Whenever friends tell me they are getting married, the first word out of my mouth (sometimes after “congratulations”) is “elope!” I am of the belief that people spend too much money and emotional effort in weddings – when they should be putting all of it into anything that lasts longer than a day.
When Luca and I got married we had nine people present (including the two of us.) Even before then I begged him not to bother giving me a formal engagement ring. Our wedding day was simple: we tied the knot in our living room and then went to lunch at a lovely place with a wide ocean view. I needed nothing else.
Having said this, this Sunday I attended the wedding of my good friends David and Emma, and it was everything a wedding is supposed to be. They invited 70 of their closest family and friends and got married in what I’d describe as an outdoor museum in Sonoma called Cornerstone. It was a love filled, heartfelt, admirably organized (although never over-choreographed) affair.
The first part was the ceremony, held in a grassy garden with vineyards as backdrop. From where I was sitting I could see Emma’s hair and veil but not her face. I could see David’s though, and he was so joyful, earnest, and emotional I felt my heart fill. This was, in addition, the only ceremony I’ve attended that makes guests partially responsible for what they have accepted to be a part of. Call me thick, but maybe for the first time I understood the real reason behind inviting people. I carry this gift with me – this sense that, through the years, I have to do my part to make their marriage stronger, because I was there to witness their vows. (So, no winning at Scrabble, Emma!)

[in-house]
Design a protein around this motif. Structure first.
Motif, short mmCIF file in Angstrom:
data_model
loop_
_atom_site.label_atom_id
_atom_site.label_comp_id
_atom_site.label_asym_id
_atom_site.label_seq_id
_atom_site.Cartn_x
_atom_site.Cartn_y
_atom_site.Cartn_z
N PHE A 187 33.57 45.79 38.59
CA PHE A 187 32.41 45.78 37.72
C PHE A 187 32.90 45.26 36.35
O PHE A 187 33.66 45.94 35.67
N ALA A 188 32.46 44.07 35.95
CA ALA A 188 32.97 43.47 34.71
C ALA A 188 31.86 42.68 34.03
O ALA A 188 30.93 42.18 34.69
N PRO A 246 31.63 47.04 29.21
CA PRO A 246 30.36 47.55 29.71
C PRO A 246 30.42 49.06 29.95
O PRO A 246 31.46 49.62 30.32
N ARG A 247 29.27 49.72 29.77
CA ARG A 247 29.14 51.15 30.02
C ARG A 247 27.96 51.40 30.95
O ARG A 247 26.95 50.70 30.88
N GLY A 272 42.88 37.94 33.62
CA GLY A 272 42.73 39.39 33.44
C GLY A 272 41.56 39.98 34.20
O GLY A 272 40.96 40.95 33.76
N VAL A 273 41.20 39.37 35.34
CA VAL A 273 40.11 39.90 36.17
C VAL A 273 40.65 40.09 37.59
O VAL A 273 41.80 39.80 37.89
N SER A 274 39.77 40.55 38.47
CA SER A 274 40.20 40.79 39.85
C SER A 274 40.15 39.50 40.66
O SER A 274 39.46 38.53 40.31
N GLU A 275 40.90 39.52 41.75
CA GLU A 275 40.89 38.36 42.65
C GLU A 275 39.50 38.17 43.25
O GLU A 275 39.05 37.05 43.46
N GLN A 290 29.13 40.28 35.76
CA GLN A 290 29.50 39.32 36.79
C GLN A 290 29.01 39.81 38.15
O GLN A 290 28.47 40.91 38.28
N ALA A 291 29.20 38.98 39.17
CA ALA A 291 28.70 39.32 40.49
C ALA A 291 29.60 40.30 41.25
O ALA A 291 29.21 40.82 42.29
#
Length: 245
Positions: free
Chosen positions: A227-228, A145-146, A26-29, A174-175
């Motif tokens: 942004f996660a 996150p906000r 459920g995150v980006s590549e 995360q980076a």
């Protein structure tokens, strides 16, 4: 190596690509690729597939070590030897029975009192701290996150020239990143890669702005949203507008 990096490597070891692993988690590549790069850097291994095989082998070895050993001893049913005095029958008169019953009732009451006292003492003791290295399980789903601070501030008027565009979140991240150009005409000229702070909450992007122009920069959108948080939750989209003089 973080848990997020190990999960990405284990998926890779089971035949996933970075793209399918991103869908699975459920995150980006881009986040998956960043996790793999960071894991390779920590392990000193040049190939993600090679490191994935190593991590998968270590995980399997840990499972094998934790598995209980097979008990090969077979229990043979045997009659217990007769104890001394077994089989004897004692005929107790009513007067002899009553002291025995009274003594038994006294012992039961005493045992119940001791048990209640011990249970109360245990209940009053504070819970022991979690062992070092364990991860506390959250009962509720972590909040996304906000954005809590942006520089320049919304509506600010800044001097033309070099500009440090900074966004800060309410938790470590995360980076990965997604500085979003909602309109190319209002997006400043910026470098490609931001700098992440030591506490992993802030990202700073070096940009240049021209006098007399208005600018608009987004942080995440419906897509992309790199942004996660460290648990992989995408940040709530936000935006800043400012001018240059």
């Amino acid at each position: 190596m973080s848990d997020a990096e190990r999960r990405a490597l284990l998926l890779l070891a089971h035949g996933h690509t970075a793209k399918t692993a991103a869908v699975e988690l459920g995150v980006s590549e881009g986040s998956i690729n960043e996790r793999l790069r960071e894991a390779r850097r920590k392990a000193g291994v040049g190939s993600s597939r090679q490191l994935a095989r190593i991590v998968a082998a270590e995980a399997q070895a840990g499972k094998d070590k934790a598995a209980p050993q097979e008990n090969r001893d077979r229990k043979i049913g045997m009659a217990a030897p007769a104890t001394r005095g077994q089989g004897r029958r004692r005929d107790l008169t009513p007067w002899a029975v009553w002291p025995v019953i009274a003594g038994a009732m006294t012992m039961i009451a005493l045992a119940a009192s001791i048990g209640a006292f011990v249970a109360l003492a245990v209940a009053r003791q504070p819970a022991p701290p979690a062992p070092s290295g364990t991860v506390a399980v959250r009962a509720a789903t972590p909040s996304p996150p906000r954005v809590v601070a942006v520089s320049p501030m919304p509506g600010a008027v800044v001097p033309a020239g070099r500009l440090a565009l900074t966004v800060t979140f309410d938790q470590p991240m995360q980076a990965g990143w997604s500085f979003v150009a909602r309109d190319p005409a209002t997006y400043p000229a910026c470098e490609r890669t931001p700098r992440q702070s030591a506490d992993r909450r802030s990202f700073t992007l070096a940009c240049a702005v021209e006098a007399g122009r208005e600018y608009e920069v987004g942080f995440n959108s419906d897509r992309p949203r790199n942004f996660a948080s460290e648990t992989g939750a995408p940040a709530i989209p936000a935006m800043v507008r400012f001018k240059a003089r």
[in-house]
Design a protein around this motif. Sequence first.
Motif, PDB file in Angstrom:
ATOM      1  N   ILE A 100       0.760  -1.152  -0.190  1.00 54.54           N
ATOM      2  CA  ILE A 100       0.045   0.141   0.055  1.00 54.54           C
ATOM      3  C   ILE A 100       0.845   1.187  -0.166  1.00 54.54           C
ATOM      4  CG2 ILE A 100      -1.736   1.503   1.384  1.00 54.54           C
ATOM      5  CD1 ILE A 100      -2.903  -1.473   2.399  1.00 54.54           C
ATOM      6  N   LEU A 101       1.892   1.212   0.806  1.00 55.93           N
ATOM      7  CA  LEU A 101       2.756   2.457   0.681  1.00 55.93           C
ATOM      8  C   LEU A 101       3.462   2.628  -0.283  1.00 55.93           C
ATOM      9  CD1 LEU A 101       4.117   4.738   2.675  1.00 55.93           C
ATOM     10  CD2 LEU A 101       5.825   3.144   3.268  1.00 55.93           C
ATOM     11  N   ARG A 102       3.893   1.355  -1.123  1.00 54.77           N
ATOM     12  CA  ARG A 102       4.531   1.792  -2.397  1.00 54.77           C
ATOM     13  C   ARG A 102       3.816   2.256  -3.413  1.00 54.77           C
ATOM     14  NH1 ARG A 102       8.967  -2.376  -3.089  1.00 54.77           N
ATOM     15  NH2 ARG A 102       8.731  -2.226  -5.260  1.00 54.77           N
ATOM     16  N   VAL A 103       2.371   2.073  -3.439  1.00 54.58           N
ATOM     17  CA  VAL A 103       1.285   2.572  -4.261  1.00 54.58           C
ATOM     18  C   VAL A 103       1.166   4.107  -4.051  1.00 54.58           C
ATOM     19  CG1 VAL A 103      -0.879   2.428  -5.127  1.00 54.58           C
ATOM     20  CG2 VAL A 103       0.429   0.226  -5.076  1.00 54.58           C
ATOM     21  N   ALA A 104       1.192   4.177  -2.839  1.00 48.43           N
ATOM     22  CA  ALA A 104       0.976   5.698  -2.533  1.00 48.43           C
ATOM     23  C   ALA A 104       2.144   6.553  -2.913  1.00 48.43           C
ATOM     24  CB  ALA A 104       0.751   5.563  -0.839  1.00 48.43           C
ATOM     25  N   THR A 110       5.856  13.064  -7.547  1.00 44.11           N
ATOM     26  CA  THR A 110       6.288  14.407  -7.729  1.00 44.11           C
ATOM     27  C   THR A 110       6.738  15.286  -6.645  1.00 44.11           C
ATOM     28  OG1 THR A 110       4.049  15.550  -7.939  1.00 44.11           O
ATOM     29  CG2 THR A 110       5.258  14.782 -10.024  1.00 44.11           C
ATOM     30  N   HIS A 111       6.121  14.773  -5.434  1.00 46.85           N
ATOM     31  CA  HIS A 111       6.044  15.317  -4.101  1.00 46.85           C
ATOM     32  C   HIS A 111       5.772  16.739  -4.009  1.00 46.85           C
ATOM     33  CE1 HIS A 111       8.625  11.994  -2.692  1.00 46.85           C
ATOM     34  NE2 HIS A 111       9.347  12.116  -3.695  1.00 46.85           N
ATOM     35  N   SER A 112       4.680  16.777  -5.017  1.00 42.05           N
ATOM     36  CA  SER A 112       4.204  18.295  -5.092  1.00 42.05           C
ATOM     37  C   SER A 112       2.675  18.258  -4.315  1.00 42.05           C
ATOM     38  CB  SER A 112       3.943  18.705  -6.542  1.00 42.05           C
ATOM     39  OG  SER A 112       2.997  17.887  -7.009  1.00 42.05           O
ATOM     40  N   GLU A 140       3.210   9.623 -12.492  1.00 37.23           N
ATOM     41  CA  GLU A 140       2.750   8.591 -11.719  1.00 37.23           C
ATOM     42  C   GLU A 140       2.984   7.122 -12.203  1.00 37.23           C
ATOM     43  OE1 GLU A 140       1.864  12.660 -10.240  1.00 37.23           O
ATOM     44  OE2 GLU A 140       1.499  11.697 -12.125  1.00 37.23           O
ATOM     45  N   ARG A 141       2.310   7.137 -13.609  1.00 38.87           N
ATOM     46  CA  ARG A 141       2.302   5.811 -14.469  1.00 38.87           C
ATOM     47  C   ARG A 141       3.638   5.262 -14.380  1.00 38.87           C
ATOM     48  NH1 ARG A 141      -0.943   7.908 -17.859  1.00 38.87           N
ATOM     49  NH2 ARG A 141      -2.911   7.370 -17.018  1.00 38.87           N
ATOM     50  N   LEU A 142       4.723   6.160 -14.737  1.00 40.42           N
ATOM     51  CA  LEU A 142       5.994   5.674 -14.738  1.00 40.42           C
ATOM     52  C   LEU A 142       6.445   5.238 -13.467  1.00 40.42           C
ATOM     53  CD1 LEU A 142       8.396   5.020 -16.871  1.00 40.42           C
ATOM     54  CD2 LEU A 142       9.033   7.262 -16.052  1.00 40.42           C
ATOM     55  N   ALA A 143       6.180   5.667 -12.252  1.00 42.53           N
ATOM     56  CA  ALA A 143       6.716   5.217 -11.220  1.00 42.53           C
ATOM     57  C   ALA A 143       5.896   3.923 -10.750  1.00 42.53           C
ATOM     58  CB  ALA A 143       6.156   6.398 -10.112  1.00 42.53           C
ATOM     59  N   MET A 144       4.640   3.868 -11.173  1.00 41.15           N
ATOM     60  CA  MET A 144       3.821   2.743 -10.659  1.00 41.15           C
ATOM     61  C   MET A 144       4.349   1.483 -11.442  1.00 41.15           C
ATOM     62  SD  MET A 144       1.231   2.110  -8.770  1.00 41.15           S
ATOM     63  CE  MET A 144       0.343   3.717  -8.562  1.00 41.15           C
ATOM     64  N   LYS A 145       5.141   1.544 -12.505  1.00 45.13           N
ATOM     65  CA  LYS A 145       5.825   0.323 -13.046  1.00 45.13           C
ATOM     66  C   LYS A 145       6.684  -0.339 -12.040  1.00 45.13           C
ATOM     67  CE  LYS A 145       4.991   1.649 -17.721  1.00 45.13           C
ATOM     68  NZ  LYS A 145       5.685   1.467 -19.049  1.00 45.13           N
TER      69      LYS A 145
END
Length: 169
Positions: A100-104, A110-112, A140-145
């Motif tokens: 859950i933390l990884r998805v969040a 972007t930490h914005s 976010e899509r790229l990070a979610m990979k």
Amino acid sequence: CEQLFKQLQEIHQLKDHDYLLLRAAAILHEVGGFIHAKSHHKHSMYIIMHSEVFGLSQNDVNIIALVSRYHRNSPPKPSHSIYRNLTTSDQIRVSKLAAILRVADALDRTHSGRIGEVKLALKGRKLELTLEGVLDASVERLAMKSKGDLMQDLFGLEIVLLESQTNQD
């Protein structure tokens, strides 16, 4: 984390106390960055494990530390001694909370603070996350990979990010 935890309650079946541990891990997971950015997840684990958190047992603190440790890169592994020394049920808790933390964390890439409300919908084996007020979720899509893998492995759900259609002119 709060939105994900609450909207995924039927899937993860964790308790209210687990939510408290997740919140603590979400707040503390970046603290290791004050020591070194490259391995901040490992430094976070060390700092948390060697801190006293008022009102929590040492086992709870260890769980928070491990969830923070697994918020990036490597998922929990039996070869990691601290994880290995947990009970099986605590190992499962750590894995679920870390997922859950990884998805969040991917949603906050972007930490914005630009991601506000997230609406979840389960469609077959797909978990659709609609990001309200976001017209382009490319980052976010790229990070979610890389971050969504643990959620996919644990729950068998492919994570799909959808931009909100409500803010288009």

The second part was a brief cocktail with hors d’oeuvres and drinks. I admit I wasn’t too enthusiastic about Pimm’s (so sorry, Em), but did drink the fresh lemonade and absolutely loved the fava bean and English pea salad served on endives; the blue cheese set on green apple slices and the mini- bruschette.
Dinner was served under a large, circular tent in a garden lush with flowers (and lovely orange and green flower arrangements on each table.) If the tent-in-the-garden- surrounded-by-flowers description sounds corny to you, I can assure you it was not. It struck the right tone of celebration, romance, and joyful, festive family reunion.
As much as the food is usually the part I consider most notable (mixed green salad with grilled pears and goat cheese; wild mushroom stuffed chicken breast; olive oil poached halibut; chilled cous cous with vegetables and squash tossed in balsamic vinegar) the part I liked the most - besides the actual ceremony - was the Toasts. I saw a new side to my friends – the part that is attached to family, a history. The part that fills in the missing piece of where they came from.
Luca and I feel honored to have been part of this wedding. And, most of all, I am grateful to friends who decide to completely ignore my advice.